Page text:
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Arctic Ocean Is The ‘Dead End’ For Trash

First Posted: Apr 21, 2017 05:50 AM EDT
NASA Continues Efforts To Monitor Arctic Ice Loss With Research Flights Over Greenland & Canada
Sea ice is seen from NASA's Operation IceBridge research aircraft on March 30, 2017 above Ellesmere Island, Canada. The ice fields of Ellesmere Island are retreating due to warming temperatures. (Image for representation only.)
(Photo : Mario Tama/Getty Images)

Every city in the world has a landfill of some sort where trash is sent to rot. However, despite these massive dumpsites, it seems that a high concentration of plastics still find their way into the Arctic Ocean.

In a new study published on Science Advances, it was found that the Arctic Ocean has been accumulating large volumes of plastics, specifically in the Greenland and Barents Seas. These wastes are brought in from different regions and into the Arctic from the Atlantic Ocean. The currents were said to create a "plastic conveyor belt" that somehow ends up in the Arctic.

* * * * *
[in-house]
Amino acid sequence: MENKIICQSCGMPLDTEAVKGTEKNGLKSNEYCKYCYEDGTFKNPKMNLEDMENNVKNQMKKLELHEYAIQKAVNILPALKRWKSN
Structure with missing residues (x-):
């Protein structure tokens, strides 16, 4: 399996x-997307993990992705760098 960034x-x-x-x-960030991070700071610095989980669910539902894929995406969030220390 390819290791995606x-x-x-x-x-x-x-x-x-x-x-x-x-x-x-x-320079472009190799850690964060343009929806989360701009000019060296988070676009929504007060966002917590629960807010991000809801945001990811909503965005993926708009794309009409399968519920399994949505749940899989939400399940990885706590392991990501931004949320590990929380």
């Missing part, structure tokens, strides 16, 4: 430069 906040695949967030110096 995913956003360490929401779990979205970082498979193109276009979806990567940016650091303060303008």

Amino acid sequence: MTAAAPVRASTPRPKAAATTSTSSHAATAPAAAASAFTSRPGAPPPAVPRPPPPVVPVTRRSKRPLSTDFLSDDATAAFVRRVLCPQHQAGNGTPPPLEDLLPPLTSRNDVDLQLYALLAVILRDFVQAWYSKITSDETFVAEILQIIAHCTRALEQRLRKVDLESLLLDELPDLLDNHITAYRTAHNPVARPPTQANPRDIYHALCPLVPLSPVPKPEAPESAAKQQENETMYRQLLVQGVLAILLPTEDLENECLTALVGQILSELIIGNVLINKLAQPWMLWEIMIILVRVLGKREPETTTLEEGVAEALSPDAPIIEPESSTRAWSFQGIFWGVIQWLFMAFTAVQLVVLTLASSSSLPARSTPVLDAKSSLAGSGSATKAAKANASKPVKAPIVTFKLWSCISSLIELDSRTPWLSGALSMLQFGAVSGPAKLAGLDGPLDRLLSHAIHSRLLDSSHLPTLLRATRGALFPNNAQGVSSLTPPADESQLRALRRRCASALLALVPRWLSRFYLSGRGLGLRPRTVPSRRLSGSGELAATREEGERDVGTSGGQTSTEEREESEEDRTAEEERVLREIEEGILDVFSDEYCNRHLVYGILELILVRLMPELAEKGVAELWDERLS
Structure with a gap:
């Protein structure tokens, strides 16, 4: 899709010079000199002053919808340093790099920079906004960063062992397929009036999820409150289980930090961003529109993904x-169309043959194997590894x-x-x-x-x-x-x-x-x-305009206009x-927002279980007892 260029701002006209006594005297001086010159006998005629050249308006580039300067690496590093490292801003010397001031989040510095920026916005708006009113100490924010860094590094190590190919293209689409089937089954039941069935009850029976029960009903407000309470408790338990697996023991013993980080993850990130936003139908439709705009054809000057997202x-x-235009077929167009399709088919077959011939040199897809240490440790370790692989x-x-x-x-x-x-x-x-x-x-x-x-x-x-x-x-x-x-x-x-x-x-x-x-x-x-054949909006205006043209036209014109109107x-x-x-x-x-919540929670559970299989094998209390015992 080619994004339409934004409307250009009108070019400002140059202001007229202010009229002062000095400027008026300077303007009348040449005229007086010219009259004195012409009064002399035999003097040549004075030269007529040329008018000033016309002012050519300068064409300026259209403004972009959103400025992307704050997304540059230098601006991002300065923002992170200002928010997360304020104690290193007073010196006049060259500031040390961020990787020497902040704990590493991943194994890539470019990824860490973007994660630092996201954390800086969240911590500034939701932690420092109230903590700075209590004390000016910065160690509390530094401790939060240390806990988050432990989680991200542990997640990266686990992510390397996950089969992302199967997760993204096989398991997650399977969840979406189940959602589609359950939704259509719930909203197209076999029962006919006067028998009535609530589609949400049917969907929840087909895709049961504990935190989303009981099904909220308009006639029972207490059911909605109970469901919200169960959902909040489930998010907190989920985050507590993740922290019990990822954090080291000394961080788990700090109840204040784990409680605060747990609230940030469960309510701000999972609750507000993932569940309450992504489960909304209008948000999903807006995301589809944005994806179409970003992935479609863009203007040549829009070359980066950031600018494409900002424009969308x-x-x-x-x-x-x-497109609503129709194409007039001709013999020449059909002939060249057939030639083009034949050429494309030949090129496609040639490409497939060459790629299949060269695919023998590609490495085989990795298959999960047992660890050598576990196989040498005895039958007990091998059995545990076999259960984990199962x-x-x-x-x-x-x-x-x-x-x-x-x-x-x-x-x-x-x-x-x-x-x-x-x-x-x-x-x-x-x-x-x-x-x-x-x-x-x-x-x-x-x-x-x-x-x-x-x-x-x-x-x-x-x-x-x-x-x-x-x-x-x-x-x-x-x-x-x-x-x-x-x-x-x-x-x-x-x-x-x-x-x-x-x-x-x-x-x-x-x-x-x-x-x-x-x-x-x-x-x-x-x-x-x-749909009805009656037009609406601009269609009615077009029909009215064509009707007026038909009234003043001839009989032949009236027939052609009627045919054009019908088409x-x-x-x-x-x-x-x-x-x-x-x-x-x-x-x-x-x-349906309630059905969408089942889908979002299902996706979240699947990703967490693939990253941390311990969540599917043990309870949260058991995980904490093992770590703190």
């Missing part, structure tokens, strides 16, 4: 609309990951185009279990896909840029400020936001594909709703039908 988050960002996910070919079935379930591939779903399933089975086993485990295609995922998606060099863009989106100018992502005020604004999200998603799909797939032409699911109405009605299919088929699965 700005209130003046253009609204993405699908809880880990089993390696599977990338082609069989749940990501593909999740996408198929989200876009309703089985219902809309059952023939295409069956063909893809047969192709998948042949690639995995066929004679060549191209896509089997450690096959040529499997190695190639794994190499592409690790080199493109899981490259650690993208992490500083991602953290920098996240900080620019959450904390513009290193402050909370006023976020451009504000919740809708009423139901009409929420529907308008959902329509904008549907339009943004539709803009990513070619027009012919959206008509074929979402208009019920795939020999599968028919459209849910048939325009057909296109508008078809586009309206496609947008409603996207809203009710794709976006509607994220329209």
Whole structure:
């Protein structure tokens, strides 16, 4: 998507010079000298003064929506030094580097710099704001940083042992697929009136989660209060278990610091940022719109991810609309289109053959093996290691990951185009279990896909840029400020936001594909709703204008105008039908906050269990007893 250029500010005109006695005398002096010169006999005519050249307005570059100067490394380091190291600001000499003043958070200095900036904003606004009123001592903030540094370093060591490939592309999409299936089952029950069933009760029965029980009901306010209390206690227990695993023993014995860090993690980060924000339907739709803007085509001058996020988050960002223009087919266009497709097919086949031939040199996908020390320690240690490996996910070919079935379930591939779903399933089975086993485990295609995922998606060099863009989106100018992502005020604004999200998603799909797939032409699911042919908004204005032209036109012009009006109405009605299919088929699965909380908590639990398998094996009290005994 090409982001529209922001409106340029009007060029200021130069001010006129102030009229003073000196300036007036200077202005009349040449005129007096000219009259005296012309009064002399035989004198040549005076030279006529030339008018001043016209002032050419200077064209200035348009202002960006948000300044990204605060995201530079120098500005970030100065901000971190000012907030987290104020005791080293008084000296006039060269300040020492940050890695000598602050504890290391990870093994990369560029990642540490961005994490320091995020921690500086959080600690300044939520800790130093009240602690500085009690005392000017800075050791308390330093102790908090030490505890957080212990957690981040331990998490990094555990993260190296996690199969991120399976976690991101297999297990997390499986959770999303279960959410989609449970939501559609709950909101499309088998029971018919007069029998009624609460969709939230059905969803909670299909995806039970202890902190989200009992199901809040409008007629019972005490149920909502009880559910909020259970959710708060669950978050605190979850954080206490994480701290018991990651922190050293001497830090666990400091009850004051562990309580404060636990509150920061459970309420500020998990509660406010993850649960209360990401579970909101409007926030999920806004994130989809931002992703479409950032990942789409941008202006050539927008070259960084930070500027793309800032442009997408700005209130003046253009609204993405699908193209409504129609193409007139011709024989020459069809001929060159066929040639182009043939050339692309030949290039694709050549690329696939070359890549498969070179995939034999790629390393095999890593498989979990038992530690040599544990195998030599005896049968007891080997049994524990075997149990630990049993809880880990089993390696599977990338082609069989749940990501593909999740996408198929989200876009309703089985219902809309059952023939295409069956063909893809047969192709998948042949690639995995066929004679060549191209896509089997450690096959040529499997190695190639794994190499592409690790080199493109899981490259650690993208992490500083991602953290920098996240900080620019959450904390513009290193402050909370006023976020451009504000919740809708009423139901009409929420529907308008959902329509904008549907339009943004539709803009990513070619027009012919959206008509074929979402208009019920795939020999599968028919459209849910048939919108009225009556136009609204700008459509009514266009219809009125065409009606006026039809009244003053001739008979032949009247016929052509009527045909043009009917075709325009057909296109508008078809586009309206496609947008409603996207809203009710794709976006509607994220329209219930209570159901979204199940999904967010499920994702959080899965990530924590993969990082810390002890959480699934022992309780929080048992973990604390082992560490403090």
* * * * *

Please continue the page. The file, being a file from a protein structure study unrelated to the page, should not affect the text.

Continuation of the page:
Researchers from different institutions around the world sampled some of the plastics floating in the Arctic during a 2013 expedition. There, they found that there are about 300 billion tiny pieces of plastic that can be seen on the Arctic's surface, and they expected more to be found in the sea floor below. Study lead author Andrés Cózar Cabañas said that the plastics were dumped into the Arctic from the North Atlantic, as per The New York Times.

In a 2016 report from the World Economic Forum, scientists estimated about 8 million tons of plastic ending up in the ocean each year. It is an equivalent to one garbage truck getting dumped in the ocean every minute. As noted by another report, at the rate that this continues, it will seem that the oceans will be filled with more plastics than fish by 2050.

The surface water plastic that was seen in the Arctic amounts to only about 3 percent of the total trash actually found in the oceans. However, the authors of the study suggest that the amount will likely grow, and eventually, the seafloor could be a sinking hole for plastic in the future.

Cabañas himself explained plastic pollution, adding that the issue will "require international agreements" to fully understand the effect of pollution. He said, "The more we know about what happens in the Arctic, the better chance we have."

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